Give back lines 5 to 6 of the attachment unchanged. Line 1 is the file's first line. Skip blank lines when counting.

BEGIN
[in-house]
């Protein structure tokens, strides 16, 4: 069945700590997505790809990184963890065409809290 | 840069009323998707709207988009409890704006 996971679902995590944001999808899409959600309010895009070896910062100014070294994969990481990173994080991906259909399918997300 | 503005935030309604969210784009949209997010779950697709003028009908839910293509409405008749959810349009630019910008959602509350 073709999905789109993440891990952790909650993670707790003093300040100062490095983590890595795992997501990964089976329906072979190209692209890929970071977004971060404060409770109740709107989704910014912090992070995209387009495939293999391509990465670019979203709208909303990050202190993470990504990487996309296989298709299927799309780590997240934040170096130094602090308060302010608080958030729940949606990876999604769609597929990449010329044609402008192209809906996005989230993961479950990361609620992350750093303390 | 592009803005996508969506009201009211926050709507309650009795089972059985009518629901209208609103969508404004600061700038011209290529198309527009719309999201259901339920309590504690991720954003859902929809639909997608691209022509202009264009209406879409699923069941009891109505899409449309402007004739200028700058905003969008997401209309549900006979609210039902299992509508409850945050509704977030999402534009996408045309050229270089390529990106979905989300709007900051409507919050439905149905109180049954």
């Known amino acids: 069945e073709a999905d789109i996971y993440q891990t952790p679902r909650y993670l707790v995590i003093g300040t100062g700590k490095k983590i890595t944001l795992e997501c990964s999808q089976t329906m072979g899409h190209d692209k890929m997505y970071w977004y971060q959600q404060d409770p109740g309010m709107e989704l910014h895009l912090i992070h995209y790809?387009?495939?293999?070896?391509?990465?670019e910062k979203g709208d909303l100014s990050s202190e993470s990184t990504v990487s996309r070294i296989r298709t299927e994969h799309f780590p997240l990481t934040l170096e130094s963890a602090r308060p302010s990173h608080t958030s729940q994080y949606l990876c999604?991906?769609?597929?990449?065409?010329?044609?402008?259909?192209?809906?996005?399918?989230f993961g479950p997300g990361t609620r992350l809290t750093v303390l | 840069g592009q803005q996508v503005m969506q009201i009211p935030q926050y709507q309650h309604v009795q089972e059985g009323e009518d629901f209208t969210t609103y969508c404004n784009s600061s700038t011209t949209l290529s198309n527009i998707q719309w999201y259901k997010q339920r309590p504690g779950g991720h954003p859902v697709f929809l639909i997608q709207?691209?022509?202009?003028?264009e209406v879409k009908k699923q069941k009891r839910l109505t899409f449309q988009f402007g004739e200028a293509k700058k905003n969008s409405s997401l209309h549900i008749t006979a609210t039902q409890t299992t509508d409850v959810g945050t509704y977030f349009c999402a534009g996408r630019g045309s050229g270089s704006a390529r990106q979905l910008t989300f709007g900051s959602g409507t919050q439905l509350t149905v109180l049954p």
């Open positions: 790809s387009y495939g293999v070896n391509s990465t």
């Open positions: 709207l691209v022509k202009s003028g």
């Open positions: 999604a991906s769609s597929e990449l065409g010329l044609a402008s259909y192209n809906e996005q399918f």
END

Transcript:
């Open positions: 709207l691209v022509k202009s003028g």
């Open positions: 999604a991906s769609s597929e990449l065409g010329l044609a402008s259909y192209n809906e996005q399918f």